This article was originally printed in the latest issue of Numismatic News.
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How many of the 1943 cents were copper plated?
One or two readers apparently missed the point of a comment about the copper-plated 1943 steel cents. This was done outside the Mint, long after the steel cents went into circulation, so there is no record of how many were copper-plated. The genuine steel cent issue was zinc-plated. The copper plating is an alteration and has no collector value.
I have a proof Anthony dollar that looks like it is made of gold. Is this possible?
Very probably your coin is one of the thousands that were plated by a commercial firm and sold as souvenirs. The plating makes the piece an altered coin, so it has no collector value. The gold is worth only a few cents, so there is no point in trying to recover that either.
I have a coin that has a large “X” across it. Is this from a canceled die?
This is an assumption that a lot of collectors make, but from your description you have a coin that has been altered by cutting the lines in the coin metal. Especially on a worn coin, the metal gouged out will usually be flattened down somewhat so that it covers the cuts, giving it the appearance of having been struck with a canceled die. However, if you examine the coin closely with a magnifier, you will be able to find places where the original cut may still show.
I have a clad coin with a big bubble in it. Does it have any special value?
This has been a regular question ever since the clad coinage was introduced in 1965. Bubbles on the clad coins usually are the result of the application of sudden, intense heat, such as from a welding torch. Because they are so easy to fake, even the genuine ones have no value. If done with a torch, you can probably find black soot in the corners of the letters and the coin may be discolored or will appear unnatural from efforts to clean it.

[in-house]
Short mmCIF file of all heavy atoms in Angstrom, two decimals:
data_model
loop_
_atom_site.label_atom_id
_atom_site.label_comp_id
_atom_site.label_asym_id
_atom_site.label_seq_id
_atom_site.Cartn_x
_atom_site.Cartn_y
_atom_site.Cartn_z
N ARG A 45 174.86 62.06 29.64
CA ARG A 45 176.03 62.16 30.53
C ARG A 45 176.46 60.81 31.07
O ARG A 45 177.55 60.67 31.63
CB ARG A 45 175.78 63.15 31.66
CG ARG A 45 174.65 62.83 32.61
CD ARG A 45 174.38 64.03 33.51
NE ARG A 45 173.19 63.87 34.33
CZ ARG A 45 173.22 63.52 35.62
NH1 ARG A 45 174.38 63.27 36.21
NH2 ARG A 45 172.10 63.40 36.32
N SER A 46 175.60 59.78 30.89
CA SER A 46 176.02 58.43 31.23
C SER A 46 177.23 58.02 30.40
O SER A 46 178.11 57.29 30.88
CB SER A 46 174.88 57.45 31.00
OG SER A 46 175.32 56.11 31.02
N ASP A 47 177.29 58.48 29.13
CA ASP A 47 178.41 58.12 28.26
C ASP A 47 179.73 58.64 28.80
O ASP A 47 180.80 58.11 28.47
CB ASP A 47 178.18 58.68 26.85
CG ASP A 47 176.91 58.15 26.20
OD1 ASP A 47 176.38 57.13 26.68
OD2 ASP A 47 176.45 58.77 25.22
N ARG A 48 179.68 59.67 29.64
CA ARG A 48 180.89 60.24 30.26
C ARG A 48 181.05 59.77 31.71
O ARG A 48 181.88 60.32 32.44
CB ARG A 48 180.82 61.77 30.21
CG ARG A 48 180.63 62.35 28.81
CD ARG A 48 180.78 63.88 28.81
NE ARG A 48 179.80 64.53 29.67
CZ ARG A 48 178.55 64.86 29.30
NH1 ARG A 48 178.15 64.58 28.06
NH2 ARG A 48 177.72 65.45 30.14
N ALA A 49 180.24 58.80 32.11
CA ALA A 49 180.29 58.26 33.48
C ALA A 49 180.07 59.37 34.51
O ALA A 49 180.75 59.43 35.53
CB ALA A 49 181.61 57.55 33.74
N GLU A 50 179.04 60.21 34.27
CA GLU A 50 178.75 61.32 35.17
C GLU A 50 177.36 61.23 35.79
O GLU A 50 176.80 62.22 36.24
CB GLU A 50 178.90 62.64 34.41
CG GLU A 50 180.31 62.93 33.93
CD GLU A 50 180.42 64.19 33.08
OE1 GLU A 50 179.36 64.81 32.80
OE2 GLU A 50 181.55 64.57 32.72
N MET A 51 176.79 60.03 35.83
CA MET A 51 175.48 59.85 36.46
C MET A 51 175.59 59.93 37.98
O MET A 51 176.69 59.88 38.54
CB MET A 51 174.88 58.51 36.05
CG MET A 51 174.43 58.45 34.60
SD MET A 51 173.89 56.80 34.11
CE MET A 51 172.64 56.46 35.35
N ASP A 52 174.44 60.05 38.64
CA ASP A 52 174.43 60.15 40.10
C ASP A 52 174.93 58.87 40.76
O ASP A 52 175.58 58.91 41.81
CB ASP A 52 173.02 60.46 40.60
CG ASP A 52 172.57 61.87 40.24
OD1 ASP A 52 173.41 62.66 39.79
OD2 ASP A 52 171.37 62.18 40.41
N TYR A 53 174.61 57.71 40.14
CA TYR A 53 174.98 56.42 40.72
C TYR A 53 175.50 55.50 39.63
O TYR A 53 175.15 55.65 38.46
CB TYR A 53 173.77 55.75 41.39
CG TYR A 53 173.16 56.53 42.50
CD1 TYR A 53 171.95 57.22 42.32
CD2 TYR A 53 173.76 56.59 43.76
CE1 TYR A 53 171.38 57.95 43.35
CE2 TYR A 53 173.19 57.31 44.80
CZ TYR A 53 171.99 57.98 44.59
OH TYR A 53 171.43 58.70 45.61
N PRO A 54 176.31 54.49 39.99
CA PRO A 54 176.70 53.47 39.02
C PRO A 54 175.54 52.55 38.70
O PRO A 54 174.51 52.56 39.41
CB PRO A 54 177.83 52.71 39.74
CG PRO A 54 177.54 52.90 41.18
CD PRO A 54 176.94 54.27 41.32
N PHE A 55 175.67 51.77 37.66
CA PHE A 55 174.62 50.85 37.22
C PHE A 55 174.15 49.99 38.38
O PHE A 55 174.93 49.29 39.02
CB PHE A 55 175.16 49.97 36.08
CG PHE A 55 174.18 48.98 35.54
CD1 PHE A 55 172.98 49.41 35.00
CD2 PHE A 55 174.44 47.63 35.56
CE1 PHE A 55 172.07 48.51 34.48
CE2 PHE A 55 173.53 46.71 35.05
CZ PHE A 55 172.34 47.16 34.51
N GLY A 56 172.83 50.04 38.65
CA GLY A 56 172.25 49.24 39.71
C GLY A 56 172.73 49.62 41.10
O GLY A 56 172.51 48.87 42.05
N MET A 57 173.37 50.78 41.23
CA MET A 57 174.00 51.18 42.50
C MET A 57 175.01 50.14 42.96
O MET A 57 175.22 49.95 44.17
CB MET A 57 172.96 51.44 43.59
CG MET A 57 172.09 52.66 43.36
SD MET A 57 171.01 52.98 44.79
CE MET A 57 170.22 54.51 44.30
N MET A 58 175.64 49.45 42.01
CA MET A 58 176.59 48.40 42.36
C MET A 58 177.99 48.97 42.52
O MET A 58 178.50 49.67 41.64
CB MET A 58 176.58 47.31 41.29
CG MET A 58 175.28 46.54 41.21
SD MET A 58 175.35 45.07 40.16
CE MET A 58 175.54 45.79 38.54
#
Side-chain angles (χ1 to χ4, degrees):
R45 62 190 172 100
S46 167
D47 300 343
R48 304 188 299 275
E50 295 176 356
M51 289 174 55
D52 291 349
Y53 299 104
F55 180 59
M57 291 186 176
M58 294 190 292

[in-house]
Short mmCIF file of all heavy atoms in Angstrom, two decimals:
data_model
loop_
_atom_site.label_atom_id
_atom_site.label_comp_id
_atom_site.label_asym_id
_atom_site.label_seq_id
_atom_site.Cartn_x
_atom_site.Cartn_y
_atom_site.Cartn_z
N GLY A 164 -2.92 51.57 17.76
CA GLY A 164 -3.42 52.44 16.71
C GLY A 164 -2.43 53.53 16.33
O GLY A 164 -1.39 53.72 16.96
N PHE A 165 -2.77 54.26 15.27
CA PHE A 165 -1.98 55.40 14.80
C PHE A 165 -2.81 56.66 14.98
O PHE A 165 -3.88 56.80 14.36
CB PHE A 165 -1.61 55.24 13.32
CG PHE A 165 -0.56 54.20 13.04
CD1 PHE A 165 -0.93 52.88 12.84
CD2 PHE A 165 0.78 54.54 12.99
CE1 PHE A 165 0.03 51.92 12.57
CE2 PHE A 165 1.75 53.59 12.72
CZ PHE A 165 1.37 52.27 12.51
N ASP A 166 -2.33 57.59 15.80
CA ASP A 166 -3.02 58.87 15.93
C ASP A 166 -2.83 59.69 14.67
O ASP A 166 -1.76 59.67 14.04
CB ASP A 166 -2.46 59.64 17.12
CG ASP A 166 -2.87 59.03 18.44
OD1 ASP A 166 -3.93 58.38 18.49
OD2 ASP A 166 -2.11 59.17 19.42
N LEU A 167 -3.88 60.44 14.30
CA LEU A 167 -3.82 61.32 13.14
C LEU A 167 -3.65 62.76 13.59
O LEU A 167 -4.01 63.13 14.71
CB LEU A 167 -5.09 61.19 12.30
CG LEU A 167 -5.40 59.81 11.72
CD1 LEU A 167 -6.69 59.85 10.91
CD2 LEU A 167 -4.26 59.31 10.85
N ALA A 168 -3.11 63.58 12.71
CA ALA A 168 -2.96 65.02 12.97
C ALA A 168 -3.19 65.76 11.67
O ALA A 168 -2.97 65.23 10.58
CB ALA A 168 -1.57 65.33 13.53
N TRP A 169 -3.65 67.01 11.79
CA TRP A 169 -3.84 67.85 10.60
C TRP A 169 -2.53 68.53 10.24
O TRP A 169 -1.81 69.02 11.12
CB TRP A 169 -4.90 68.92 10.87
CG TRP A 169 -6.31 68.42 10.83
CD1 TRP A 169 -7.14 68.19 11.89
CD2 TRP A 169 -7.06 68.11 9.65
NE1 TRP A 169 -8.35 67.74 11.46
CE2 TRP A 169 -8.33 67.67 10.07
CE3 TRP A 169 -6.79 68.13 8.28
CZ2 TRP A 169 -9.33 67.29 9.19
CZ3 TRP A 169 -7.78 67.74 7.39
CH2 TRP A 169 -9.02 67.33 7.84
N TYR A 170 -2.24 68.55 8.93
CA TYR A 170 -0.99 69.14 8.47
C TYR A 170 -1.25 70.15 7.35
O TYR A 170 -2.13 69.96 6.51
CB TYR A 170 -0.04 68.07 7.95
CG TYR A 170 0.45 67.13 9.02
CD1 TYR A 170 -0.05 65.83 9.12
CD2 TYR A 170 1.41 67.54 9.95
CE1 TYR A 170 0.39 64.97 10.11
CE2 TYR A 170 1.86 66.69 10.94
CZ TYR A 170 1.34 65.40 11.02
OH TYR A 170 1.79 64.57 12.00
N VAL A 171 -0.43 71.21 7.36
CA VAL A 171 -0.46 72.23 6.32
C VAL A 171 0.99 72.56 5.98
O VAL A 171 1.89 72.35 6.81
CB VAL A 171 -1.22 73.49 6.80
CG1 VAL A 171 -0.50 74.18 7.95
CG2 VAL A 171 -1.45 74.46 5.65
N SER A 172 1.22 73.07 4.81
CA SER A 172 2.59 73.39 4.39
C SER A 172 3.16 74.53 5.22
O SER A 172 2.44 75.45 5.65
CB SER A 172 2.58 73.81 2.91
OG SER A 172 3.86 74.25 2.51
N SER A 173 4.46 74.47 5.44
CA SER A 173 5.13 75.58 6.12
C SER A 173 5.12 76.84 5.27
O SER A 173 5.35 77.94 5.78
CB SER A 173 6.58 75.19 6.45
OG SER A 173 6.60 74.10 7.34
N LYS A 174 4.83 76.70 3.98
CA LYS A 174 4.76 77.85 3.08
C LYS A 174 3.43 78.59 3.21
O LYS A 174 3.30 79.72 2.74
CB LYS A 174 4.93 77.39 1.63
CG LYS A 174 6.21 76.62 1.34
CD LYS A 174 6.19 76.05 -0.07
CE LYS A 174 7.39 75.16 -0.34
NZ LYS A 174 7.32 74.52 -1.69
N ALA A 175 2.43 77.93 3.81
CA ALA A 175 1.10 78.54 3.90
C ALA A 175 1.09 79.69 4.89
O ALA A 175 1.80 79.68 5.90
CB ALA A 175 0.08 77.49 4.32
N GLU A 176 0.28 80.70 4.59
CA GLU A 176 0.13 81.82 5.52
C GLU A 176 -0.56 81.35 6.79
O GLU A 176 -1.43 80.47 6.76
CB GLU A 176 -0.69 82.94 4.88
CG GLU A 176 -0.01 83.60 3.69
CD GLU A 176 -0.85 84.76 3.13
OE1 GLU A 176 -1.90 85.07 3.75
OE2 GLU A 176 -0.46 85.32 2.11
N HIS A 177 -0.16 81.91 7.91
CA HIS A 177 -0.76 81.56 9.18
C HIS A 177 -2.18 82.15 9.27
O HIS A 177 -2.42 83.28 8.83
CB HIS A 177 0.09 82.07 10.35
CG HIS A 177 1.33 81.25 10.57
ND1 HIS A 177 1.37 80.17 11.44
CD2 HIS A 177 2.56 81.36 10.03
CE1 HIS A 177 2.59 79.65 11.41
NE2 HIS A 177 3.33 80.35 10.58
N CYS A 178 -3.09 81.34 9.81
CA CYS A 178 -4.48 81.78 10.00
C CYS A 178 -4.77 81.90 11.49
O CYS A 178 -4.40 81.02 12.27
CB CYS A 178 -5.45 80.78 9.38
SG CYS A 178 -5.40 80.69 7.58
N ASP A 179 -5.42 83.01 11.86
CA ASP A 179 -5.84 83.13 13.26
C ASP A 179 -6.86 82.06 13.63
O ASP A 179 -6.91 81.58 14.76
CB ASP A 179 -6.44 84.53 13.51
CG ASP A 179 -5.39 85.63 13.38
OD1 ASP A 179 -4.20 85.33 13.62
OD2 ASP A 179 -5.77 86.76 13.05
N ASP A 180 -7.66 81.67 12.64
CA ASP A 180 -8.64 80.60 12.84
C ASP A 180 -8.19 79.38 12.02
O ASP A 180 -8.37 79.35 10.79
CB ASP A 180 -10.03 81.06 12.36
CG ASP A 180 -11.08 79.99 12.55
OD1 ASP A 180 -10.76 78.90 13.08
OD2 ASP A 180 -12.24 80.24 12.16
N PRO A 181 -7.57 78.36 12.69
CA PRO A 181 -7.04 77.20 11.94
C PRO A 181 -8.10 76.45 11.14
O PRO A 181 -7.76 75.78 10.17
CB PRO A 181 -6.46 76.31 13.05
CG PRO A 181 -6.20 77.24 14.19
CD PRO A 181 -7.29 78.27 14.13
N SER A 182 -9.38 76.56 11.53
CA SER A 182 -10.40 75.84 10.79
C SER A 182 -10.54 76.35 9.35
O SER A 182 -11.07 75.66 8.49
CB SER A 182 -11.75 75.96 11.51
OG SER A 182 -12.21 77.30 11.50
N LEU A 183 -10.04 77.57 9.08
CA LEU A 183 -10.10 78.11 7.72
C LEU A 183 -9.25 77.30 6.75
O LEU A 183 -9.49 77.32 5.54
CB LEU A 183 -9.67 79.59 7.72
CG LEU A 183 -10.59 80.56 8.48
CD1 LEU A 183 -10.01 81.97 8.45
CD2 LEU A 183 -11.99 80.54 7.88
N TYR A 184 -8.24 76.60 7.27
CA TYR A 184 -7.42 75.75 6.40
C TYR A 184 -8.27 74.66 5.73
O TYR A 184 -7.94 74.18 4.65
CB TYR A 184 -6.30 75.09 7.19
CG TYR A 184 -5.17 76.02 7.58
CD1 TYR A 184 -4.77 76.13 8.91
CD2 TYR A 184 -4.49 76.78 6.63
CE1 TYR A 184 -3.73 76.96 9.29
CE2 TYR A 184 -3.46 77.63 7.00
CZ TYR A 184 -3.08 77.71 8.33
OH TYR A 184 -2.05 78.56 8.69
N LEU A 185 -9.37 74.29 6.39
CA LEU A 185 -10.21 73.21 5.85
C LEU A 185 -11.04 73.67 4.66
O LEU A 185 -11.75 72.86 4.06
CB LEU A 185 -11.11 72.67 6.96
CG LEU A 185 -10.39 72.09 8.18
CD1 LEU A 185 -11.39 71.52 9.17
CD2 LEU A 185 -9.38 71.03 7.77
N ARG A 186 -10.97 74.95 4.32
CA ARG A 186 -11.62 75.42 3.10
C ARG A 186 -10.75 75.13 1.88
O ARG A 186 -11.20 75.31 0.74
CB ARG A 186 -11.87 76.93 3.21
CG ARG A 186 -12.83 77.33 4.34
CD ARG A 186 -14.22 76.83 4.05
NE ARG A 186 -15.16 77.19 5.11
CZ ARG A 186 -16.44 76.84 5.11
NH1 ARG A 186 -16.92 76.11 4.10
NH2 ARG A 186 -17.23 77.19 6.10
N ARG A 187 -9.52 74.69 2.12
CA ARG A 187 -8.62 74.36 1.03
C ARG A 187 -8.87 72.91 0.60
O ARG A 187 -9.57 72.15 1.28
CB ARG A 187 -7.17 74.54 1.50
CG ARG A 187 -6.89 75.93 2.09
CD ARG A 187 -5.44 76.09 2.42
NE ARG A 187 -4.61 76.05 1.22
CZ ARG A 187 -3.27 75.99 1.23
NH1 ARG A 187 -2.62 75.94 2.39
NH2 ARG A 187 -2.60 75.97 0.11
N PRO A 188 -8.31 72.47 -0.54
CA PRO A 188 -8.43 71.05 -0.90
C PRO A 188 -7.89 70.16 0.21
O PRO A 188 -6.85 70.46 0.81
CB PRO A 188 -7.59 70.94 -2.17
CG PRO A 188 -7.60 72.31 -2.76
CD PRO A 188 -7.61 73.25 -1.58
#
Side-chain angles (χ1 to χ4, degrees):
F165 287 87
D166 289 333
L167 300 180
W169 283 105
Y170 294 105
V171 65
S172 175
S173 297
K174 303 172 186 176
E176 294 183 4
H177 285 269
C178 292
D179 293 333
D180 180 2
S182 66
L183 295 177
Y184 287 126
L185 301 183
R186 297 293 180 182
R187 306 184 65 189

I have a German coin that is about uncirculated on one side, but the other side is flat with sharp edges. Any idea how this was minted?
American collectors see a lot more of these altered pieces. They have been altered by grinding or abrading the surface, leaving it flat after all of the design has been removed. As the question illustrates, it is something that can and does happen to world coins as well. The rule is: You can’t strike one side of a coin.
I finally got a magnifier to look at my coins. I’ve discovered several that display what appears to be engraving. Are these altered coins?
Work on the coin is an alteration, commonly referred to as “tooling.” Many old time collections contain Indian Head cents with the diamonds tooled, and the chest feathers of the eagle on the Morgan dollars are often tooled. At the time this was an accepted practice, but this is no longer the case and a tooled coin will be severely discounted.
What was the story on the 1977/6 overdate cent? I’ve never seen anything more on it, or any listings.
The piece was a hoax that was featured by a hobby publication after the Mint declared it genuine. When it was too late to retract the story, the Mint did some further checking and found that the coin had been faked with a so-called “soft” die, a die made by pressing a coin into the face of a soft metal bar, which was then used to apply the “7” to a genuine 1976 coin. Two Floridians were arrested for making the altered coin and other similar pieces. The method used was similar to that used to fake the multi-strike 1964 cents, many of which are still around.